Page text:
2. I've been very fortunate to advise the local GSA this year and dispel many of these myths talking face-to-face with bisexual friends. I find #6 particularly interesting. I feel like in searching for words for my condition when I was coming to terms with being attracted to men, I grasped onto the word 'bisexual' temporarily. A couple of years later, I see myself as a Kinsey 6 and feel like I contributed to that particular myth.

  3. When I went to an openly gay professional therapist, he quickly corrected me when I identified myself as a "gay man" and said I was "bisexual". I never stayed with it long enough to explore why, but as we talked, he assumed that since I was married and having a sexual relationship (limited as it was) with my wife, I was not "gay enough" to be considered gay, but was only good enough to be "bisexual".

    By this point of my coming out, I had become comfortable in accepting that I was "gay" as my attractions were almost, in not completely, exclusively in the male direction. But, because of a long-term hetero marriage, I guess I'm not "gay enough"...

    I'm a 99%-attracted-to-men man who has occasional sexual relations exclusively with a wife. I used to worry that I don't fit the mold. I'm beginning to be bored with the whole subject.

  4. Ned - Thanks for your response, I look forward to more responses from you, particularly on the topic of bisexuality. Sounds like you are able to refute all of these myths with your personal experience. As I don't currently identify as bisexual (although I am obviously considering the label), I'm not sure I have anything personal to add to any of these points. Several of the upcoming posts will directly confront some of these myths with relatively objective data collected on people who identify as bisexual. It seems that one can immediately dismiss myths that are sweeping generalizations of all bisexuals as bisexuals are likely to be as diverse as any other group of individuals (thus 1, 2, 4, 5, 7, 8, 10, 11, 12) can all nearly immediately be dismissed. #3 seems like a pithy phrase one might see on a bisexuality pride shirt, but I expect many women who would date a straight man would be unlikely to date a bisexual man and many gay men are similarly hesitent to date a bisexual man. #6 will be responded to below in my response to GMB. #9 probably depends on your definition of small, a significant portion of the population is likely to have bisexual experiences, however it is a much smaller number of individuals who identify as bisexual. #13 - I agree with you that bisexuality is unlikely to be more of a choice than heterosexuality or homosexuality, however, I do think bisexuals may give the impression to some heterosexuals that homosexuality is a choice. Perhaps this is one reason for some of the perceived antagonism toward bisexuals of the homosexual community.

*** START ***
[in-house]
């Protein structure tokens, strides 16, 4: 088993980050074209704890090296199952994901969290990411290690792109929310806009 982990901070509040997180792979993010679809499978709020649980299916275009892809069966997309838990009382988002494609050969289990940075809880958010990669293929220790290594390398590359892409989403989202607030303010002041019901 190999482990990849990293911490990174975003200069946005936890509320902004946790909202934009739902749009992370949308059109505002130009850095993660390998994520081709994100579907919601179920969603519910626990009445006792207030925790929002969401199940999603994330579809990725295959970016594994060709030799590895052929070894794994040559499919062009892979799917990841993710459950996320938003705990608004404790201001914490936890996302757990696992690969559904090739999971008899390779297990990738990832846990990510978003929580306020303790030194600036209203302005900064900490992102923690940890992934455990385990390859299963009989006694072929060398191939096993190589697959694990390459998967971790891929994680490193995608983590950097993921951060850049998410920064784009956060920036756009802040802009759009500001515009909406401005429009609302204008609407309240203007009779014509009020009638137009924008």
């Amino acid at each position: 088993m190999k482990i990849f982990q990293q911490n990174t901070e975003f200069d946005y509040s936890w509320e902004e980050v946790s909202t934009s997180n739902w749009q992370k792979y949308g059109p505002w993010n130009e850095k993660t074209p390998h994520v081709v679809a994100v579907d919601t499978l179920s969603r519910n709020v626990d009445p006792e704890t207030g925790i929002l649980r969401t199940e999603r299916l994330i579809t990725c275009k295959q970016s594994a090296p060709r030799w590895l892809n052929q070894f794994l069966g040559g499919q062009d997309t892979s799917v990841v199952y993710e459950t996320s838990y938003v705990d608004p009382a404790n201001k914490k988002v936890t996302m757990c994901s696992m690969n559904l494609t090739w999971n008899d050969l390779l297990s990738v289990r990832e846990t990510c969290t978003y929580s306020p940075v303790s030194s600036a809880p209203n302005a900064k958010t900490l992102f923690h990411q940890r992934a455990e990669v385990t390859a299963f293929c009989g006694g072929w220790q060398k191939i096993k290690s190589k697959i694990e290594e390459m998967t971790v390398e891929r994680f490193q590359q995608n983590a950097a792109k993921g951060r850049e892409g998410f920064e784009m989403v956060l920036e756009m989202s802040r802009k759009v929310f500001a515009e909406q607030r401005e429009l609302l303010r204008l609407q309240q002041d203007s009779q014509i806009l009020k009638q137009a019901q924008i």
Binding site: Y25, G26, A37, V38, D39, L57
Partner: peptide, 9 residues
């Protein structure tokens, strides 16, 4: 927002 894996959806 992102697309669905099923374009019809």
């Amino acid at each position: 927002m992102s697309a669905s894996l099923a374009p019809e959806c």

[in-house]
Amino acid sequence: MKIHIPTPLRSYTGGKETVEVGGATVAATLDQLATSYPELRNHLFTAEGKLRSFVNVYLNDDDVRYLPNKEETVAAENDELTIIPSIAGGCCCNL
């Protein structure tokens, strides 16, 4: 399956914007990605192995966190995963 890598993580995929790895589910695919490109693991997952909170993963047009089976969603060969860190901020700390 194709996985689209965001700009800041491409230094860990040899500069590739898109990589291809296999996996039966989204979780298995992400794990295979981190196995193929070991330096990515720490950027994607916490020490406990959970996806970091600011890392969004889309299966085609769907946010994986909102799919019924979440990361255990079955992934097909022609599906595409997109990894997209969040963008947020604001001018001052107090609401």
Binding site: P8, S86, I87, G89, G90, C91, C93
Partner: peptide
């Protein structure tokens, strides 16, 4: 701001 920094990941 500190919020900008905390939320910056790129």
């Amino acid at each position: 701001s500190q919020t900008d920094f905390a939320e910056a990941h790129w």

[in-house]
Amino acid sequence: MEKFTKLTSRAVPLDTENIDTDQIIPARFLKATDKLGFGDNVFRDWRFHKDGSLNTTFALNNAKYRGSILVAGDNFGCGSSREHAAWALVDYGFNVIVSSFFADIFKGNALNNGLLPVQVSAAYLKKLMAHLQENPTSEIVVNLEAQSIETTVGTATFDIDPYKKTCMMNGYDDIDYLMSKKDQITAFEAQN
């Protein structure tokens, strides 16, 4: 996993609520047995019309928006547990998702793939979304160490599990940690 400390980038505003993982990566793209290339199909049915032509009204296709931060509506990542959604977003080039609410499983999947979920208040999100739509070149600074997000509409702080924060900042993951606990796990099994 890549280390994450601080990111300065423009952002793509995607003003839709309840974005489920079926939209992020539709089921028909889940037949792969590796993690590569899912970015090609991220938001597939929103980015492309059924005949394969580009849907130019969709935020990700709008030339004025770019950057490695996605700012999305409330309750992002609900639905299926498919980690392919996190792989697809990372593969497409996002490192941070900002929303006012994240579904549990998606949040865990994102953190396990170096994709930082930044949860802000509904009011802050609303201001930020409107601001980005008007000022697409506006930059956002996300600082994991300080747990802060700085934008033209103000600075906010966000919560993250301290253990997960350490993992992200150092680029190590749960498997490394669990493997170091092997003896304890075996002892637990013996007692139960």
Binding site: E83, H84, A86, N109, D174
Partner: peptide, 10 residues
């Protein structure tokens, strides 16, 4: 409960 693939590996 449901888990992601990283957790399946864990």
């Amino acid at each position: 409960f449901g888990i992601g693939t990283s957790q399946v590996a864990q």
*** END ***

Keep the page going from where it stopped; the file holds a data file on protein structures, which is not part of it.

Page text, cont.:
5. @GMB - Thanks for sharing your experience with #6. I think it is fairly common for gays to initially apply the label of bisexual in the process of moving toward a homosexual identity. That experience may lead many homosexuals to think that bisexuals are simply stuck on the path toward accepting the homosexual identity and can also contribute to myths 4, 5, 10, and 12). It was precisely myth #6 that led me to quickly reject the bisexual label and identify as gay. Accepting the gay label seemed to be the more extreme position and I felt strong for not having to go through an intermediate "bisexuality" phase. Accepting the gay label was my way of affirming my attraction to men. I think now that accepting the gay label was a symptom of my black and white thinking. I am now trying to be more introspective and determine which label actually fits me the best and portrays the intended impression.

  6. @Beck - Sounds like your therapist had a chip on his shoulder. I can see why you were turned off by his attitude. I think that each individual needs to be able to pick their own label. That label will help shape the individuals perception of events and possibilities for the future. Additionally, for each person the label will mean slightly different things. For what it is worth, I think you are gay enough. ;)

  7. I would just simply prefer to be sexual without the label, thank you. Isn't it enough that we are?